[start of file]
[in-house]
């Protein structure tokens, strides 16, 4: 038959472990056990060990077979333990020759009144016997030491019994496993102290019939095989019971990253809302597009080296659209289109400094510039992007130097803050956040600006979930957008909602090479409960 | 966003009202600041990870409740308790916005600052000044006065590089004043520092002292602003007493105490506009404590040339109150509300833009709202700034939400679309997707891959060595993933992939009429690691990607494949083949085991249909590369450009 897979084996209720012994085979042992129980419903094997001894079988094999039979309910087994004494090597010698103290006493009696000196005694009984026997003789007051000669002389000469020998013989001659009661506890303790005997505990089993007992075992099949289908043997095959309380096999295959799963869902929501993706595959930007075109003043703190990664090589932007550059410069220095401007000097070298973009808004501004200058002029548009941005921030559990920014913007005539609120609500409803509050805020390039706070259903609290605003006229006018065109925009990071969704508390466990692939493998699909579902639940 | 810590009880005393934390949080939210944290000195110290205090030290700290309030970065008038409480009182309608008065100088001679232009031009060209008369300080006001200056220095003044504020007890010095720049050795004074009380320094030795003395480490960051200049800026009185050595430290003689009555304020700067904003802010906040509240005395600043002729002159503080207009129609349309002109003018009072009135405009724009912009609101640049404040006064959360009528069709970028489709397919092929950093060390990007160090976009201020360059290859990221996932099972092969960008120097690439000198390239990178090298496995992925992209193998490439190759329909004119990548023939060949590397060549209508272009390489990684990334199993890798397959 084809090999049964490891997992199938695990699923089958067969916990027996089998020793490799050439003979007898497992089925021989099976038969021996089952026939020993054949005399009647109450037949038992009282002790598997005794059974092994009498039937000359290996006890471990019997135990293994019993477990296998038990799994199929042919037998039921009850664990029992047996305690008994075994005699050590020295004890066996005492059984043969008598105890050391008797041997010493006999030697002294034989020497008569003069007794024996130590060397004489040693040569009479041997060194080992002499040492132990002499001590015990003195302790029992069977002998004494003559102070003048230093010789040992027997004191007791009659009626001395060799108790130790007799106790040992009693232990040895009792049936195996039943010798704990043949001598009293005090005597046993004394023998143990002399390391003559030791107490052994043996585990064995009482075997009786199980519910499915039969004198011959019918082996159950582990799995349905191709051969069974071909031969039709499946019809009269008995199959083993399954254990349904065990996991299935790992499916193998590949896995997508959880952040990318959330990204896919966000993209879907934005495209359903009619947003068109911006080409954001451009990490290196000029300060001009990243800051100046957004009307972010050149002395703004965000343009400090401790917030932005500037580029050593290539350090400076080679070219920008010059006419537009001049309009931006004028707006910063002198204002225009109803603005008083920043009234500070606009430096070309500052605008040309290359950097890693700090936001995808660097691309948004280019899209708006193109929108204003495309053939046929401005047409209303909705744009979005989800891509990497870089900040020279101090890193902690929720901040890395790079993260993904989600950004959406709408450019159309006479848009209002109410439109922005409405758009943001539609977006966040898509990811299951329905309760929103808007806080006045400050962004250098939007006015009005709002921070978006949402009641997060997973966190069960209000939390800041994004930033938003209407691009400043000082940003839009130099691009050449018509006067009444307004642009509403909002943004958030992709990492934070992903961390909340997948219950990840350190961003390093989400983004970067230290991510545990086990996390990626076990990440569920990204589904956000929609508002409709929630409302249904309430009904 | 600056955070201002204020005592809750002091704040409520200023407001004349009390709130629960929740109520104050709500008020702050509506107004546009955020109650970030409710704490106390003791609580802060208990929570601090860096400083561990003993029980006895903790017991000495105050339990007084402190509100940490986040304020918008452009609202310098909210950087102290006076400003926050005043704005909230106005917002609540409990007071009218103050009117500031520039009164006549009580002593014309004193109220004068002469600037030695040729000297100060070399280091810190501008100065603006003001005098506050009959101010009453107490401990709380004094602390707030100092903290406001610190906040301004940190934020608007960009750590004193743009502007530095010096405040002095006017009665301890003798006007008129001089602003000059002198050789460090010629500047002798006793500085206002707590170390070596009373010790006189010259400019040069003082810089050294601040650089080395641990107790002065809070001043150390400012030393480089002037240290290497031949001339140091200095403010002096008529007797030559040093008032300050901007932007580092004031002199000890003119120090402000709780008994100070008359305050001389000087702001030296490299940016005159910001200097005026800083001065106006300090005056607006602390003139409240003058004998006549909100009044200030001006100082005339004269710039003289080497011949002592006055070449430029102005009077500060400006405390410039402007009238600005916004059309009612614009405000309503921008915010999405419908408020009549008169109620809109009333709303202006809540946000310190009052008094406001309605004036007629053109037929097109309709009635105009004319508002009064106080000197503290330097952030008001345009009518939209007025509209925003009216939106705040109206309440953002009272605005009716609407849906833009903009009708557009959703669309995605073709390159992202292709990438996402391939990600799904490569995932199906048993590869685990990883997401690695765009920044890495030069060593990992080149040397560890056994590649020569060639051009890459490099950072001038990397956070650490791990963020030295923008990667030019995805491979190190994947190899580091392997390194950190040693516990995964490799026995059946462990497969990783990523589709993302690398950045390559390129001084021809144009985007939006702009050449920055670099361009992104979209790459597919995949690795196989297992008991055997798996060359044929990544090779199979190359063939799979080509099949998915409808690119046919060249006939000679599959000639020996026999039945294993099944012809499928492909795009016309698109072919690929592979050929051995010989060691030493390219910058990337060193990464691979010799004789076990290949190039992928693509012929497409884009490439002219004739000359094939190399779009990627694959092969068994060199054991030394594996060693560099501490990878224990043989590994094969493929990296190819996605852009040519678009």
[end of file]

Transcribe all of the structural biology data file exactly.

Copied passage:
[in-house]
């Protein structure tokens, strides 16, 4: 038959472990056990060990077979333990020759009144016997030491019994496993102290019939095989019971990253809302597009080296659209289109400094510039992007130097803050956040600006979930957008909602090479409960 | 966003009202600041990870409740308790916005600052000044006065590089004043520092002292602003007493105490506009404590040339109150509300833009709202700034939400679309997707891959060595993933992939009429690691990607494949083949085991249909590369450009 897979084996209720012994085979042992129980419903094997001894079988094999039979309910087994004494090597010698103290006493009696000196005694009984026997003789007051000669002389000469020998013989001659009661506890303790005997505990089993007992075992099949289908043997095959309380096999295959799963869902929501993706595959930007075109003043703190990664090589932007550059410069220095401007000097070298973009808004501004200058002029548009941005921030559990920014913007005539609120609500409803509050805020390039706070259903609290605003006229006018065109925009990071969704508390466990692939493998699909579902639940 | 810590009880005393934390949080939210944290000195110290205090030290700290309030970065008038409480009182309608008065100088001679232009031009060209008369300080006001200056220095003044504020007890010095720049050795004074009380320094030795003395480490960051200049800026009185050595430290003689009555304020700067904003802010906040509240005395600043002729002159503080207009129609349309002109003018009072009135405009724009912009609101640049404040006064959360009528069709970028489709397919092929950093060390990007160090976009201020360059290859990221996932099972092969960008120097690439000198390239990178090298496995992925992209193998490439190759329909004119990548023939060949590397060549209508272009390489990684990334199993890798397959 084809090999049964490891997992199938695990699923089958067969916990027996089998020793490799050439003979007898497992089925021989099976038969021996089952026939020993054949005399009647109450037949038992009282002790598997005794059974092994009498039937000359290996006890471990019997135990293994019993477990296998038990799994199929042919037998039921009850664990029992047996305690008994075994005699050590020295004890066996005492059984043969008598105890050391008797041997010493006999030697002294034989020497008569003069007794024996130590060397004489040693040569009479041997060194080992002499040492132990002499001590015990003195302790029992069977002998004494003559102070003048230093010789040992027997004191007791009659009626001395060799108790130790007799106790040992009693232990040895009792049936195996039943010798704990043949001598009293005090005597046993004394023998143990002399390391003559030791107490052994043996585990064995009482075997009786199980519910499915039969004198011959019918082996159950582990799995349905191709051969069974071909031969039709499946019809009269008995199959083993399954254990349904065990996991299935790992499916193998590949896995997508959880952040990318959330990204896919966000993209879907934005495209359903009619947003068109911006080409954001451009990490290196000029300060001009990243800051100046957004009307972010050149002395703004965000343009400090401790917030932005500037580029050593290539350090400076080679070219920008010059006419537009001049309009931006004028707006910063002198204002225009109803603005008083920043009234500070606009430096070309500052605008040309290359950097890693700090936001995808660097691309948004280019899209708006193109929108204003495309053939046929401005047409209303909705744009979005989800891509990497870089900040020279101090890193902690929720901040890395790079993260993904989600950004959406709408450019159309006479848009209002109410439109922005409405758009943001539609977006966040898509990811299951329905309760929103808007806080006045400050962004250098939007006015009005709002921070978006949402009641997060997973966190069960209000939390800041994004930033938003209407691009400043000082940003839009130099691009050449018509006067009444307004642009509403909002943004958030992709990492934070992903961390909340997948219950990840350190961003390093989400983004970067230290991510545990086990996390990626076990990440569920990204589904956000929609508002409709929630409302249904309430009904 | 600056955070201002204020005592809750002091704040409520200023407001004349009390709130629960929740109520104050709500008020702050509506107004546009955020109650970030409710704490106390003791609580802060208990929570601090860096400083561990003993029980006895903790017991000495105050339990007084402190509100940490986040304020918008452009609202310098909210950087102290006076400003926050005043704005909230106005917002609540409990007071009218103050009117500031520039009164006549009580002593014309004193109220004068002469600037030695040729000297100060070399280091810190501008100065603006003001005098506050009959101010009453107490401990709380004094602390707030100092903290406001610190906040301004940190934020608007960009750590004193743009502007530095010096405040002095006017009665301890003798006007008129001089602003000059002198050789460090010629500047002798006793500085206002707590170390070596009373010790006189010259400019040069003082810089050294601040650089080395641990107790002065809070001043150390400012030393480089002037240290290497031949001339140091200095403010002096008529007797030559040093008032300050901007932007580092004031002199000890003119120090402000709780008994100070008359305050001389000087702001030296490299940016005159910001200097005026800083001065106006300090005056607006602390003139409240003058004998006549909100009044200030001006100082005339004269710039003289080497011949002592006055070449430029102005009077500060400006405390410039402007009238600005916004059309009612614009405000309503921008915010999405419908408020009549008169109620809109009333709303202006809540946000310190009052008094406001309605004036007629053109037929097109309709009635105009004319508002009064106080000197503290330097952030008001345009009518939209007025509209925003009216939106705040109206309440953002009272605005009716609407849906833009903009009708557009959703669309995605073709390159992202292709990438996402391939990600799904490569995932199906048993590869685990990883997401690695765009920044890495030069060593990992080149040397560890056994590649020569060639051009890459490099950072001038990397956070650490791990963020030295923008990667030019995805491979190190994947190899580091392997390194950190040693516990995964490799026995059946462990497969990783990523589709993302690398950045390559390129001084021809144009985007939006702009050449920055670099361009992104979209790459597919995949690795196989297992008991055997798996060359044929990544090779199979190359063939799979080509099949998915409808690119046919060249006939000679599959000639020996026999039945294993099944012809499928492909795009016309698109072919690929592979050929051995010989060691030493390219910058990337060193990464691979010799004789076990290949190039992928693509012929497409884009490439002219004739000359094939190399779009990627694959092969068994060199054991030394594996060693560099501490990878224990043989590994094969493929990296190819996605852009040519678009």